I hope I’m not patronizing anybody by saying; let’s do a little play-play exercise. Rest easy girls, I’m also still learning and my heart remains with you the whole way. Let’s assume for real that we’re limited in the resources we have right now to start up our own little work from home business. Let’s assume or pretend that none of us even have mobiles, tablets or laptops to communicate with or play around with. Now, for motivational purposes, try and think what it must be like for those folks in the world’s least developed nations who have little or no entrepreneurial infrastructure to rely on.

I do not want to mention any places for fear of upsetting anyone going through difficult times. If there are such people reading this post today, let me just say that I am trying my best to cheer you up. While trying to make you smile, I am also endeavoring to give you a bit of encouragement. As I said in my first line, I am not patronizing anyone. I want to just say that I know what it feels like to struggle. I have been there.

Today, things are still hard for us on the island, but we are doing a lot better than in the past. Today, I have the tools and the resources to broaden my horizons and to begin opening new doors for myself in the world. Locally, we are still doing things the old fashioned way. Business is not exactly booming, but it is competitive. All small traders are vying for precious cash that customers still have very little of.

What is the one thing that neighbors want the most?

Well, food, of course, everyone needs to eat. The mothers in the neighborhood need to get ready for supper. They need to see that their children are well fed. So, resourceful moms like me, my mother, and my grandmother, are preparing things in the kitchen to sell. I am harvesting vegetables from our smallholding to sell door to door. I do this instead of trekking all the way to the market. I am doing my friendly neighbors a favor by saving them time and money as well.

We need to plan our home businesses well. The hardworking men all get paid at the end of the week. By Thursday night, we have prepared delicacies for proud fathers to purchase absentmindedly to take home to their families at night. While we rely on their patronage, we do not take advantage of their tiredness. Our prices are not sky high, but at the same time, they are not dirt cheap either. We still need to cover our overheads and realize some profit to carry us into the next week.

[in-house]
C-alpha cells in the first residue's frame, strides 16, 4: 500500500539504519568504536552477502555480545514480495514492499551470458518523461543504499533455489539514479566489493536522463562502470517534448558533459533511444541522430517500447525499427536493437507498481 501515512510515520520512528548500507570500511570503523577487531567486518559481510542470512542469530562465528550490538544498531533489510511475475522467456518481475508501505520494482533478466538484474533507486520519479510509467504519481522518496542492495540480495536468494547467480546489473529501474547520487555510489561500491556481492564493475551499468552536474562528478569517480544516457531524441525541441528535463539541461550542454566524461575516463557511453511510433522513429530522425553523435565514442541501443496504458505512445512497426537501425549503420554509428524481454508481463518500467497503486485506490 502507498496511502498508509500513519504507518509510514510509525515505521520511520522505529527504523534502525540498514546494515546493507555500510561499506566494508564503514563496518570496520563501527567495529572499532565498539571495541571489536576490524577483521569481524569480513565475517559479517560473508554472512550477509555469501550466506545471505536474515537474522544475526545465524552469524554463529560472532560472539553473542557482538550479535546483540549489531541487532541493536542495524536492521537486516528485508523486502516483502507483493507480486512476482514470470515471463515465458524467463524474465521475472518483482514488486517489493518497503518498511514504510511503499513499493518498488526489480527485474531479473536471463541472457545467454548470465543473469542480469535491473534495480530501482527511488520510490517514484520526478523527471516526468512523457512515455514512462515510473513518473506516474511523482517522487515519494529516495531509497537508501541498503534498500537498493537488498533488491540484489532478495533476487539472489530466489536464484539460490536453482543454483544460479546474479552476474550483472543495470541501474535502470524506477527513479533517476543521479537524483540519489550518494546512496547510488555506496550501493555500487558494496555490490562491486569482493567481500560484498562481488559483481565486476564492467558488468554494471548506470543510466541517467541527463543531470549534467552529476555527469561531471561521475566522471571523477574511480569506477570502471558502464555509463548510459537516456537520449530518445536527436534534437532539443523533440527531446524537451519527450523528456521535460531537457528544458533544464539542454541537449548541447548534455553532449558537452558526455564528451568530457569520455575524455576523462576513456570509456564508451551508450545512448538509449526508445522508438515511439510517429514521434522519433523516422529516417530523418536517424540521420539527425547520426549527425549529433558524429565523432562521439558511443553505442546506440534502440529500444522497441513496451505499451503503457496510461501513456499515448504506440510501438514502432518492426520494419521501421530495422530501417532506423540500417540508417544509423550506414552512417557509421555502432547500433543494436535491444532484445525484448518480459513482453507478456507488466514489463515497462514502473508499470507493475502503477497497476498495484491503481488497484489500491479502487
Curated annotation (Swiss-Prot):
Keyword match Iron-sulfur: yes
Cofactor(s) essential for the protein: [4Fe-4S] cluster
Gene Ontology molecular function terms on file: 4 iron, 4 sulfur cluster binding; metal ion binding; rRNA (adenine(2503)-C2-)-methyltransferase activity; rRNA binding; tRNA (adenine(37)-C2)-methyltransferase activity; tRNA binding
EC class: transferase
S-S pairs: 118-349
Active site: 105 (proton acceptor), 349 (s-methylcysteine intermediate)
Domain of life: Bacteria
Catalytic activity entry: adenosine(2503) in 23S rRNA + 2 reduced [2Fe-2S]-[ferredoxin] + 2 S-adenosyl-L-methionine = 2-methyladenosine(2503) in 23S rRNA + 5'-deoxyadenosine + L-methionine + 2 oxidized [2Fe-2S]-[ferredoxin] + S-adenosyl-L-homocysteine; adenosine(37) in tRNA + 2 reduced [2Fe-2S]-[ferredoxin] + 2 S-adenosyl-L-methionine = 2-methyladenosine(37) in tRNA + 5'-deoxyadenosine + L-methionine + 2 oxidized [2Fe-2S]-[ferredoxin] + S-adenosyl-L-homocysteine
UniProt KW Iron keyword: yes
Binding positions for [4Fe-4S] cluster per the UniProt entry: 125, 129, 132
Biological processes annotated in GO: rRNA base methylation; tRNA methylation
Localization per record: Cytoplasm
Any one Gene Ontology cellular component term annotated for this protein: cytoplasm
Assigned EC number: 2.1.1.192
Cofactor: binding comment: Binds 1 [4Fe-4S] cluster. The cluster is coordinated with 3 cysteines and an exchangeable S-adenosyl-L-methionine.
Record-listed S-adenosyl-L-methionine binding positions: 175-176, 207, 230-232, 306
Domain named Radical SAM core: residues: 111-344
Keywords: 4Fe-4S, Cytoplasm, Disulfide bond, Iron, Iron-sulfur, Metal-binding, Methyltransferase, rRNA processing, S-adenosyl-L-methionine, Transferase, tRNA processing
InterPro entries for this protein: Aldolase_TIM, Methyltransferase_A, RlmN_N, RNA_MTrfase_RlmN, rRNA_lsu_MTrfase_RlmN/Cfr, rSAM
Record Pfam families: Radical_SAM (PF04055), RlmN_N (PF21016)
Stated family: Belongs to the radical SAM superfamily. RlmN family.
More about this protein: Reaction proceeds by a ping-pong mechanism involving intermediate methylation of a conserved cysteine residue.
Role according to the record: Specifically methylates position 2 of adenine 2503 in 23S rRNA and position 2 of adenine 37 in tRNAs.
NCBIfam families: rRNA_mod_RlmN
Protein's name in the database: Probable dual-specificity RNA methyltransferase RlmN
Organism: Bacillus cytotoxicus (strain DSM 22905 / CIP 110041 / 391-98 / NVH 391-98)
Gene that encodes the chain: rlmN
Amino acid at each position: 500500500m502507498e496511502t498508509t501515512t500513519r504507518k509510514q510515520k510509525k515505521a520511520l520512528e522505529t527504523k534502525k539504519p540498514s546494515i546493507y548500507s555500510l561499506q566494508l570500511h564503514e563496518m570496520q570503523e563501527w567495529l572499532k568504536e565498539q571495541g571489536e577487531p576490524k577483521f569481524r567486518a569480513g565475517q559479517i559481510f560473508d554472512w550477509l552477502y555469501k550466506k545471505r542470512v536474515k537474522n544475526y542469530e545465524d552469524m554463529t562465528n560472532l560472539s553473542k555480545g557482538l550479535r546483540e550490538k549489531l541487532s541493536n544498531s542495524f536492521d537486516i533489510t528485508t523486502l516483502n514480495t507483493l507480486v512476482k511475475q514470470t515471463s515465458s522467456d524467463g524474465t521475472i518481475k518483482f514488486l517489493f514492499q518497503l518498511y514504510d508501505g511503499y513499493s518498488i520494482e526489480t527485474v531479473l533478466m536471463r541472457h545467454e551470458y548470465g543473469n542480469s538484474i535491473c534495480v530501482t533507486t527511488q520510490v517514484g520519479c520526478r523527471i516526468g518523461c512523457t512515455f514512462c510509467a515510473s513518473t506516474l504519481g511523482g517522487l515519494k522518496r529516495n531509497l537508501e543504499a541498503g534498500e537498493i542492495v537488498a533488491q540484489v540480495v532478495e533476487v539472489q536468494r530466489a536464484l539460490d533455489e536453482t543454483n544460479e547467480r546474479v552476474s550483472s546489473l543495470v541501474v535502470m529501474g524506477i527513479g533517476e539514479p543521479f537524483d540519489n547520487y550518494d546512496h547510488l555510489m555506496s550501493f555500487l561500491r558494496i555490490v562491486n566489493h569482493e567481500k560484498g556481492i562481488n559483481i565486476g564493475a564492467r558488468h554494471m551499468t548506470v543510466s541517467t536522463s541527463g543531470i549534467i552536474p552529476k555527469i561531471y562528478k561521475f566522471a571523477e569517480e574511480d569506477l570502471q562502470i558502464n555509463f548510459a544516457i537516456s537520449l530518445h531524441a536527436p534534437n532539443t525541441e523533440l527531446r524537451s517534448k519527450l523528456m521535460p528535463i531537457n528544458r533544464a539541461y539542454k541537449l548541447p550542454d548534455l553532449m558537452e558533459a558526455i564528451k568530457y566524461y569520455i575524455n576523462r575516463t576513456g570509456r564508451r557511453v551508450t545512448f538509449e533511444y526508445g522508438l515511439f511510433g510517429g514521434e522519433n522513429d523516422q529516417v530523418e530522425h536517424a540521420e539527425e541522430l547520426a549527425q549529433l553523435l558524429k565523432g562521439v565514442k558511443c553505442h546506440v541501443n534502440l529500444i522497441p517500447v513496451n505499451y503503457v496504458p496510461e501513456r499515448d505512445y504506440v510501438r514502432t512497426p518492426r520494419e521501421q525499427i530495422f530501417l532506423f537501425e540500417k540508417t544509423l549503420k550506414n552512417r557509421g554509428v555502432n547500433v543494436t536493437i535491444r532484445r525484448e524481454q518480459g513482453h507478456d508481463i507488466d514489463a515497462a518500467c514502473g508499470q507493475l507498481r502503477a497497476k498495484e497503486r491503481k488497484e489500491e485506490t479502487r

Fortunately, this is not posing too many challenges for me right now. This is mainly because I have most of everything I need on our smallholding. We are lucky too. Not everyone these days gets an opportunity to own their own piece of land. Our land has been in the family for many generations. This is something that our local authorities recognized. During colonial eras across the world, many indigenous folks were repossessed of their land. Quite literally, their land was taken away from them, stolen.

All in all, I’ve managed to keep my overheads low. Capital expenditure is also minimal at the moment. This is encouraging too. It motivates me to carry on. I’m happy to say that I am a lot stronger than I used to be. I’m building what is called a thick skin. I’m still nervous sometimes, it can’t be helped, it’s in my nature, I guess, but more often than not, I am able to battle my way through the marketing minefields. I am able to rub shoulders with the market bullies, much bigger and worldly wise than myself. When I have to say no, turn down a too good to be true deal or refuse to have my arm twisted, I am able to do that.

Oh my gosh, have I been going off point or around the bend? No, not really. Just sharing with you inspirational thoughts and such. But we were talking about the neighbors. There that’s more positive. It’s a lot more encouraging too, I guess. And I’m hoping that wherever you are in the world, it is the same for you. And if it isn’t, I hope it will be soon. I’m lucky – these are the conditions I want you to experience – I’ve been blessed with good neighbors.

We trust each other most of the time. Now, in reality, I wouldn’t encourage this outright, but I’m in a position to allow some of my poor, cash-strapped neighbors to buy from me on credit. But I never, ever charge interest.